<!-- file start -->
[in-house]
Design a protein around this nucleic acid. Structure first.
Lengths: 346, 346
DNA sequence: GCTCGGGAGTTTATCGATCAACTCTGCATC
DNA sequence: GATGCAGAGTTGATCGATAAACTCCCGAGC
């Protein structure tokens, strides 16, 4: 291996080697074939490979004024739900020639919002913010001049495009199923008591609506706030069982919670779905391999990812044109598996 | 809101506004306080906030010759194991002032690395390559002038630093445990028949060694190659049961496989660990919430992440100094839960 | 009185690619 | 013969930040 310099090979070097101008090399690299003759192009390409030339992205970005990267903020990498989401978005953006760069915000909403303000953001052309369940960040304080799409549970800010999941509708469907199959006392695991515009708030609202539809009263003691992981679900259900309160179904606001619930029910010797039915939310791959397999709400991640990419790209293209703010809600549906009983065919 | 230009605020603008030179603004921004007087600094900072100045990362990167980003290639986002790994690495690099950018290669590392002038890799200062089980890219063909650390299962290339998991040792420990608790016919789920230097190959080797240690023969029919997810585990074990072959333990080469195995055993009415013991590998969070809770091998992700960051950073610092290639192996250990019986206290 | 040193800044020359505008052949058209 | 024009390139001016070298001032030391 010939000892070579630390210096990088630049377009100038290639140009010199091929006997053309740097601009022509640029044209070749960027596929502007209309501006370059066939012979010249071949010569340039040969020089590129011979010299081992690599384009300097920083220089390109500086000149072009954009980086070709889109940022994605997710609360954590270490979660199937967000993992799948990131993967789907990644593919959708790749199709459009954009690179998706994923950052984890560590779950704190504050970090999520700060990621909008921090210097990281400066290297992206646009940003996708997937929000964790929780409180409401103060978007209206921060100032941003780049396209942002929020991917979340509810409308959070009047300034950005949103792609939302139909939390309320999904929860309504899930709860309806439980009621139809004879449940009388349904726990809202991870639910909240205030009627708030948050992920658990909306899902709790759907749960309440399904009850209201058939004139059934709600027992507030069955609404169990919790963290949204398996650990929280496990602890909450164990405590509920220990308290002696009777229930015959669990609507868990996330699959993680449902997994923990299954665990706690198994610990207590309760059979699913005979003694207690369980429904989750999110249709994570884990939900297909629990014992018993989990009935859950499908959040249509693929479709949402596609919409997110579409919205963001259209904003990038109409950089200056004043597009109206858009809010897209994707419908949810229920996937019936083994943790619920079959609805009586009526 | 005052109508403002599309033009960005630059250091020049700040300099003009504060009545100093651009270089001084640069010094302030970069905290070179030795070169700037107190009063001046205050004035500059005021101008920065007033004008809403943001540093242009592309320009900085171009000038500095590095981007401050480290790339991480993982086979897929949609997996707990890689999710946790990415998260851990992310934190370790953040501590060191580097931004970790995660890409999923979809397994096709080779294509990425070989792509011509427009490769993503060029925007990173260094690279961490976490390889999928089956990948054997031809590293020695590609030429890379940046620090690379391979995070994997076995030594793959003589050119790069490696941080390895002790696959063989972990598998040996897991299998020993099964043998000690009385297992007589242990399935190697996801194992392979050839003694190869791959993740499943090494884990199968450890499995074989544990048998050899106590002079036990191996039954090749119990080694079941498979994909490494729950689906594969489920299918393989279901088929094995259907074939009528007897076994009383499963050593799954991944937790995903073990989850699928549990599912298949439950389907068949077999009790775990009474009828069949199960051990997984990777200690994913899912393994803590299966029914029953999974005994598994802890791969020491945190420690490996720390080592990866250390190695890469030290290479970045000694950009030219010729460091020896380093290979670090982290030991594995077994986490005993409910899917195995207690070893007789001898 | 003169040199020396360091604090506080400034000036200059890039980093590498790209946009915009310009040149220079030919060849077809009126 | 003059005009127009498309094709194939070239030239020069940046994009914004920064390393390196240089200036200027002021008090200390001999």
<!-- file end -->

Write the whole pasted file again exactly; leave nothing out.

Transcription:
[in-house]
Design a protein around this nucleic acid. Structure first.
Lengths: 346, 346
DNA sequence: GCTCGGGAGTTTATCGATCAACTCTGCATC
DNA sequence: GATGCAGAGTTGATCGATAAACTCCCGAGC
């Protein structure tokens, strides 16, 4: 291996080697074939490979004024739900020639919002913010001049495009199923008591609506706030069982919670779905391999990812044109598996 | 809101506004306080906030010759194991002032690395390559002038630093445990028949060694190659049961496989660990919430992440100094839960 | 009185690619 | 013969930040 310099090979070097101008090399690299003759192009390409030339992205970005990267903020990498989401978005953006760069915000909403303000953001052309369940960040304080799409549970800010999941509708469907199959006392695991515009708030609202539809009263003691992981679900259900309160179904606001619930029910010797039915939310791959397999709400991640990419790209293209703010809600549906009983065919 | 230009605020603008030179603004921004007087600094900072100045990362990167980003290639986002790994690495690099950018290669590392002038890799200062089980890219063909650390299962290339998991040792420990608790016919789920230097190959080797240690023969029919997810585990074990072959333990080469195995055993009415013991590998969070809770091998992700960051950073610092290639192996250990019986206290 | 040193800044020359505008052949058209 | 024009390139001016070298001032030391 010939000892070579630390210096990088630049377009100038290639140009010199091929006997053309740097601009022509640029044209070749960027596929502007209309501006370059066939012979010249071949010569340039040969020089590129011979010299081992690599384009300097920083220089390109500086000149072009954009980086070709889109940022994605997710609360954590270490979660199937967000993992799948990131993967789907990644593919959708790749199709459009954009690179998706994923950052984890560590779950704190504050970090999520700060990621909008921090210097990281400066290297992206646009940003996708997937929000964790929780409180409401103060978007209206921060100032941003780049396209942002929020991917979340509810409308959070009047300034950005949103792609939302139909939390309320999904929860309504899930709860309806439980009621139809004879449940009388349904726990809202991870639910909240205030009627708030948050992920658990909306899902709790759907749960309440399904009850209201058939004139059934709600027992507030069955609404169990919790963290949204398996650990929280496990602890909450164990405590509920220990308290002696009777229930015959669990609507868990996330699959993680449902997994923990299954665990706690198994610990207590309760059979699913005979003694207690369980429904989750999110249709994570884990939900297909629990014992018993989990009935859950499908959040249509693929479709949402596609919409997110579409919205963001259209904003990038109409950089200056004043597009109206858009809010897209994707419908949810229920996937019936083994943790619920079959609805009586009526 | 005052109508403002599309033009960005630059250091020049700040300099003009504060009545100093651009270089001084640069010094302030970069905290070179030795070169700037107190009063001046205050004035500059005021101008920065007033004008809403943001540093242009592309320009900085171009000038500095590095981007401050480290790339991480993982086979897929949609997996707990890689999710946790990415998260851990992310934190370790953040501590060191580097931004970790995660890409999923979809397994096709080779294509990425070989792509011509427009490769993503060029925007990173260094690279961490976490390889999928089956990948054997031809590293020695590609030429890379940046620090690379391979995070994997076995030594793959003589050119790069490696941080390895002790696959063989972990598998040996897991299998020993099964043998000690009385297992007589242990399935190697996801194992392979050839003694190869791959993740499943090494884990199968450890499995074989544990048998050899106590002079036990191996039954090749119990080694079941498979994909490494729950689906594969489920299918393989279901088929094995259907074939009528007897076994009383499963050593799954991944937790995903073990989850699928549990599912298949439950389907068949077999009790775990009474009828069949199960051990997984990777200690994913899912393994803590299966029914029953999974005994598994802890791969020491945190420690490996720390080592990866250390190695890469030290290479970045000694950009030219010729460091020896380093290979670090982290030991594995077994986490005993409910899917195995207690070893007789001898 | 003169040199020396360091604090506080400034000036200059890039980093590498790209946009915009310009040149220079030919060849077809009126 | 003059005009127009498309094709194939070239030239020069940046994009914004920064390393390196240089200036200027002021008090200390001999």